(c) Reuters. REUTERS/Rebecca Cook/File Photo
By David Shepardson
WASHINGTON (Reuters) – The United Auto Workers union may opt to strike targeted auto plants if they fail to reach new contracts with the Detroit Three automakers before a Thursday night deadline, sources told Reuters on Tuesday. REUTERS/Rebecca Cook/File Photo
By David Shepardson
WASHINGTON (Reuters) -The United Auto Workers union may opt to strike targeted auto plants if they fail to reach new contracts with the Detroit Three automakers before a Thursday night deadline, sources told Reuters on Tuesday.
UAW President Shawn Fain has vowed to call strikes at General Motors (NYSE:), Ford Motor (NYSE:) and Chrysler-parent Stellantis (NYSE:) if no deal is reached when the current four-year labor deals covering 146,000 U.S. workers expire on Thursday at 11:59 p.m. ET (0359 GMT Friday). One UAW local called the plan a “stand-up strike” on Facebook (NASDAQ). Fain will announce the union’s plan of strike on Wednesday night. Fain briefed locals unions about the talks on Monday. The Detroit Free Press reported the plan earlier.
Targeting strategic plants could quickly force automakers to halt U.S. production and could extend the time before the UAW’s $825 million strike fund is exhausted.
Coordinated strikes would mark the first-ever simultaneous labor stoppage at all three Detroit automakers and one of the largest U.S. industrial labor actions in recent years.
Automakers are facing pressure from some lawmakers to offer more generous contracts. Nancy Pelosi, former House Speaker, stated that automakers “have the ability and opportunity to invest in workers” after the 2007 government bailouts for General Motors and Chrysler. Both companies are now owned by Stellantis. Pelosi supported the UAW in its call for “a well-earned wage raise, and to respect new workers as much as possible, along with better working conditions, and job security.” Jim Farley, Ford CEO, told reporters on Tuesday that he was “very optimistic” about reaching an agreement with UAW within the next two weeks. “It’s time to get together. “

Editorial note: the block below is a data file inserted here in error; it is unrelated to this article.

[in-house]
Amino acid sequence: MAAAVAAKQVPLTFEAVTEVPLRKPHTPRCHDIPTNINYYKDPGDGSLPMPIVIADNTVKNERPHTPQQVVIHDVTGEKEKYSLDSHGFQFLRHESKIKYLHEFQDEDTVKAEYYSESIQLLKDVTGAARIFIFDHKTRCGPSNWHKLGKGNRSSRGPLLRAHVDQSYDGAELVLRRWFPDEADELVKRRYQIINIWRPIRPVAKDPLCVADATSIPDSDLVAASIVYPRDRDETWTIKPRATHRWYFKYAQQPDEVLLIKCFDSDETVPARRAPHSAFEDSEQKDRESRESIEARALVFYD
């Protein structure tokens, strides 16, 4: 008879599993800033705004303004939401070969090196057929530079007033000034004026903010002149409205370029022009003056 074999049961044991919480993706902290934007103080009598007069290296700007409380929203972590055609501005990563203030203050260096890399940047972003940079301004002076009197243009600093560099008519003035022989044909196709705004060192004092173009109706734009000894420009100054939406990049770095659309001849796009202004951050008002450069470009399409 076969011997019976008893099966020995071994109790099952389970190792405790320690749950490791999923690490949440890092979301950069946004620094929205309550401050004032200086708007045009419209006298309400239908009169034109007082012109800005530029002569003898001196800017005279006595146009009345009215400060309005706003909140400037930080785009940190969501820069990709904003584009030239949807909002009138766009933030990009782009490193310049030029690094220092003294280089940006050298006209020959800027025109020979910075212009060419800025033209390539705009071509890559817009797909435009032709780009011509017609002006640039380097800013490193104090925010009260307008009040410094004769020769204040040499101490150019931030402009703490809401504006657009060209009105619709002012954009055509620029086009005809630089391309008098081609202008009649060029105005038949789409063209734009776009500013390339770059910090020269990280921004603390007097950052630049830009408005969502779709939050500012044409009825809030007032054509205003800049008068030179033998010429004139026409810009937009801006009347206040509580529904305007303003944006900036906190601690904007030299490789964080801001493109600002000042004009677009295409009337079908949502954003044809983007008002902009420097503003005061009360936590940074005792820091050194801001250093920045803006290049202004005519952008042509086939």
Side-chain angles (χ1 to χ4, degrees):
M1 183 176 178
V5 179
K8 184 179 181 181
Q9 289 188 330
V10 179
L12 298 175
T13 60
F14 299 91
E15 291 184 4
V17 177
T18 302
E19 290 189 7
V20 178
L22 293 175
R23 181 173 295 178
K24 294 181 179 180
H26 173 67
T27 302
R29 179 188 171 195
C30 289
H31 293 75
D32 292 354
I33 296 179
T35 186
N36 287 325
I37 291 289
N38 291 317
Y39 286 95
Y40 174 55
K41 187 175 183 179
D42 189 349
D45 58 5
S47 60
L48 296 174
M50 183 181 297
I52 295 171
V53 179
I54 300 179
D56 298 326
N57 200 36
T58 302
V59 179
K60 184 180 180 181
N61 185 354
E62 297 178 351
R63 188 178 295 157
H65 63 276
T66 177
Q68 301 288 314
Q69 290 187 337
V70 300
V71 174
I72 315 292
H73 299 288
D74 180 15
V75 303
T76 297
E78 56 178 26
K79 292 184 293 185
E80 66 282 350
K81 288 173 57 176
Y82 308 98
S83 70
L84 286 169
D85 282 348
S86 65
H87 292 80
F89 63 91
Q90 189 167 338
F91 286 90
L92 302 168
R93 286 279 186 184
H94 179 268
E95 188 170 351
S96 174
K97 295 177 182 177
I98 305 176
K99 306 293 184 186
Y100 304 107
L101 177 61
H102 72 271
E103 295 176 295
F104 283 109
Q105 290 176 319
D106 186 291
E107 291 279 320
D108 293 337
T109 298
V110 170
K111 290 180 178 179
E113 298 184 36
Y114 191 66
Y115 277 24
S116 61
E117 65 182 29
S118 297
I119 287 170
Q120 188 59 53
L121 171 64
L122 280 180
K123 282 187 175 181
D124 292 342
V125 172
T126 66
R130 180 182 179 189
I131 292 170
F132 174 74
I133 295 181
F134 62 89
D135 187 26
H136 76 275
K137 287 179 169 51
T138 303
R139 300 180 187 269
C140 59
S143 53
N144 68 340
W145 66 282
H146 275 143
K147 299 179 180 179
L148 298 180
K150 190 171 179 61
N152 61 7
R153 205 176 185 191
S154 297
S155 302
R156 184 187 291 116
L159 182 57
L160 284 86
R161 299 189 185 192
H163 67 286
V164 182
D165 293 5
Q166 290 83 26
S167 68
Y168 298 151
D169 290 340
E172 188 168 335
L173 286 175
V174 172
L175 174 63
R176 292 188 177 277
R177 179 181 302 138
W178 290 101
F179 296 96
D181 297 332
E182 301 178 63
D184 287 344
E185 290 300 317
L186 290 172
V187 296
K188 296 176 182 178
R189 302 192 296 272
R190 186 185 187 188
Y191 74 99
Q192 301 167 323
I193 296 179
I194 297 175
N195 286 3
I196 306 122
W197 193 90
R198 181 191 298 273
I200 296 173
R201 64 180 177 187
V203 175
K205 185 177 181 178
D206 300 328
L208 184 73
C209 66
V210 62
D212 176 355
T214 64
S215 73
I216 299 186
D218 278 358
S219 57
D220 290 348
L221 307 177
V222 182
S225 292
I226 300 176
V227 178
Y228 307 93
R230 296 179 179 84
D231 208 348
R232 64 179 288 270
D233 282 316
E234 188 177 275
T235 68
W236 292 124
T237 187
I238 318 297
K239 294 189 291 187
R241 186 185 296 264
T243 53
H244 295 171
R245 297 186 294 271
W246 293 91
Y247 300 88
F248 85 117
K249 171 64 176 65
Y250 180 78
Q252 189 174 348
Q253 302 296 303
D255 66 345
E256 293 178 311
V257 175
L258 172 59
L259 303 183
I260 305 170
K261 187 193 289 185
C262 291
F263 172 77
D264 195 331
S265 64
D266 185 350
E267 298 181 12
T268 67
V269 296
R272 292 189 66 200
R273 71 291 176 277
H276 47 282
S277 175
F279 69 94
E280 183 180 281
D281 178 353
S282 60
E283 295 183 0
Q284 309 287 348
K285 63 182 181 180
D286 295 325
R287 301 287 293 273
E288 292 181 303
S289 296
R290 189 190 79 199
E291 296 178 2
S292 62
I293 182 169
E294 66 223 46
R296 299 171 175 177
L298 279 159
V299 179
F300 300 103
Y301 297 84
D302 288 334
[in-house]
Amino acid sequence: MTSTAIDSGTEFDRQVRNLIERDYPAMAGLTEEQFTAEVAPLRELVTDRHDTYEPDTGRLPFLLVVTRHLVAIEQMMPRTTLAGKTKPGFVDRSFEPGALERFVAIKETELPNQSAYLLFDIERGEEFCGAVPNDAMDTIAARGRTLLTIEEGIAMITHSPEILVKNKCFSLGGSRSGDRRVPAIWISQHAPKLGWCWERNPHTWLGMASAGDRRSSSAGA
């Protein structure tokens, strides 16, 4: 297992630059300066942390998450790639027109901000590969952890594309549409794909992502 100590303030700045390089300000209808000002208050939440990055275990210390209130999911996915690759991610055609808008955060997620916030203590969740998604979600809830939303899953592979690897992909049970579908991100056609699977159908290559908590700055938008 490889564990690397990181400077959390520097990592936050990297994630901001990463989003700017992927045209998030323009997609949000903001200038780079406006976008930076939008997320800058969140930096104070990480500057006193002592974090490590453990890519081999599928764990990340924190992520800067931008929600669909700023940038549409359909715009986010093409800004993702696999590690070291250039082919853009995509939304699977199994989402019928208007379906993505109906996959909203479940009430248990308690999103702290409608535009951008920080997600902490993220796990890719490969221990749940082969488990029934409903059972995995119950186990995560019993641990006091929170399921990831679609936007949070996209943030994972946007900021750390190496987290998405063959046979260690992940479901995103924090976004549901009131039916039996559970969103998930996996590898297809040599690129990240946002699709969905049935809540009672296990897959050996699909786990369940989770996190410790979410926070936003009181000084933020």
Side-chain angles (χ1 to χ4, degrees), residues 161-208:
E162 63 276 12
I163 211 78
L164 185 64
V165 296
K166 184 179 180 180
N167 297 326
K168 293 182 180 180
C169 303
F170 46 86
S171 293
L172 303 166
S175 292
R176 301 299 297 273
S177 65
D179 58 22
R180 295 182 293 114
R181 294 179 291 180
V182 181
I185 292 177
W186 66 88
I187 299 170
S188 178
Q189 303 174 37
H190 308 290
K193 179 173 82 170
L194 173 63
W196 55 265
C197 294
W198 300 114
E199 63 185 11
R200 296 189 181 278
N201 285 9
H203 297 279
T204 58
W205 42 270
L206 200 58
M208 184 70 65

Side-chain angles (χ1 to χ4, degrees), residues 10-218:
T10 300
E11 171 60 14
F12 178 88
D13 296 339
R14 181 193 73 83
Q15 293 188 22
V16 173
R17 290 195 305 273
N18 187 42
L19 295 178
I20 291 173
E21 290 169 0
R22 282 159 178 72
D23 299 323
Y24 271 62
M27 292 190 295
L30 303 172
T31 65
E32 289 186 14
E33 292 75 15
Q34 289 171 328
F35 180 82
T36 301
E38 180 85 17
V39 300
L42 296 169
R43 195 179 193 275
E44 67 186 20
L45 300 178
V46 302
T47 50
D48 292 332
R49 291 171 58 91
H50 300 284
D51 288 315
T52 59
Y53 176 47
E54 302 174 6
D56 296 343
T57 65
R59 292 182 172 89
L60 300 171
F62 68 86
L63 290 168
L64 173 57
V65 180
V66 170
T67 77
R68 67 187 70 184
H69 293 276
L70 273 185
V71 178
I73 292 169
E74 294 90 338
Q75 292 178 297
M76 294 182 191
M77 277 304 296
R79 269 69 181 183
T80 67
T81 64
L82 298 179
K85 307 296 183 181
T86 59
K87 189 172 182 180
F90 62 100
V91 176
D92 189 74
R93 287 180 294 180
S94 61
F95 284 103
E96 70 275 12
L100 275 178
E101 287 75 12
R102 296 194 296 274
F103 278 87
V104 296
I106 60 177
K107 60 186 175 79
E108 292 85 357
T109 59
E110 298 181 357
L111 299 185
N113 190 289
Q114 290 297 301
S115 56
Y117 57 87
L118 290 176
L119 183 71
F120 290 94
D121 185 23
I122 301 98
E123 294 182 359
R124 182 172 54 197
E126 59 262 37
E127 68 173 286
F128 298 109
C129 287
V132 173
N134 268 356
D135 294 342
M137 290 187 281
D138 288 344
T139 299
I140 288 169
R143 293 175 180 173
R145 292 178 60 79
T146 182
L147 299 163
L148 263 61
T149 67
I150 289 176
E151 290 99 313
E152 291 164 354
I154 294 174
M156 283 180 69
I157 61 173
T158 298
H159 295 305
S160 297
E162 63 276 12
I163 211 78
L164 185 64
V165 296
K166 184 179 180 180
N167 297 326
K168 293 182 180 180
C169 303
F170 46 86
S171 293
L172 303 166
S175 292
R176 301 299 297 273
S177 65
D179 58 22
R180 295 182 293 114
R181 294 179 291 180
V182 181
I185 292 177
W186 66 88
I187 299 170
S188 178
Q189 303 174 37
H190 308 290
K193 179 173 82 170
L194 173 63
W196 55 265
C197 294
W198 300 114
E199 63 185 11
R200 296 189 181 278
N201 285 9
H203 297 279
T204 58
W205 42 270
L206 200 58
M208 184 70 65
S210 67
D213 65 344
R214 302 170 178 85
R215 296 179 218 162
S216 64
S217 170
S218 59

A UAW strike that shuts the Detroit Three manufacturers could cost carmakers, suppliers and workers over $5 billion, Michigan-based Anderson Economic Group estimated, and could lead to a disruption of the broader auto supplier network.
Senator Bernie Sanders said in an opinion piece Tuesday that if the Detroit automakers “do not provide reasonable contracts to address longstanding inequities in the industry, there will be a strike – and all of us should support the strikers. The UAW rejected Stellantis’ revised offer on Friday. GM made a new offer to the UAW over the weekend, but the details were not immediately available.
“We’ve made a lot of progress over the last few days,” GM President Mark Reuss said at an Automotive News conference in Detroit. The give-and-take is happening. The company announced on Tuesday that GM CEO Mary Barra had decided to not attend the Business Roundtable meetings on Washington’s Wednesday and Thursday due to the labor negotiations. Barra chairs the association of over 200 CEOs from major U.S. corporations.
The UAW initially sought a 20% wage hike upon ratification and four annual 5% hikes, but has trimmed those hikes to around 36% in total, three sources told Reuters.
Stellantis said Friday it offered U.S. hourly workers a 14.5% wage hike over four years, while GM had offered workers a 10% wage hike and two additional 3% annual lump-sum payments over four years. Stellantis last week did not offer additional lump-sum payments.
Ford last week hiked its offer to a 10% wage hike and lump sum payments after offering a 9% wage increase through 2027 and 6% lump sum payments.
The union’s demands include restoring defined benefit pensions for all workers, 32-hour work weeks and additional cost-of-living hikes, as well as job security guarantees and an end to use of temporary workers.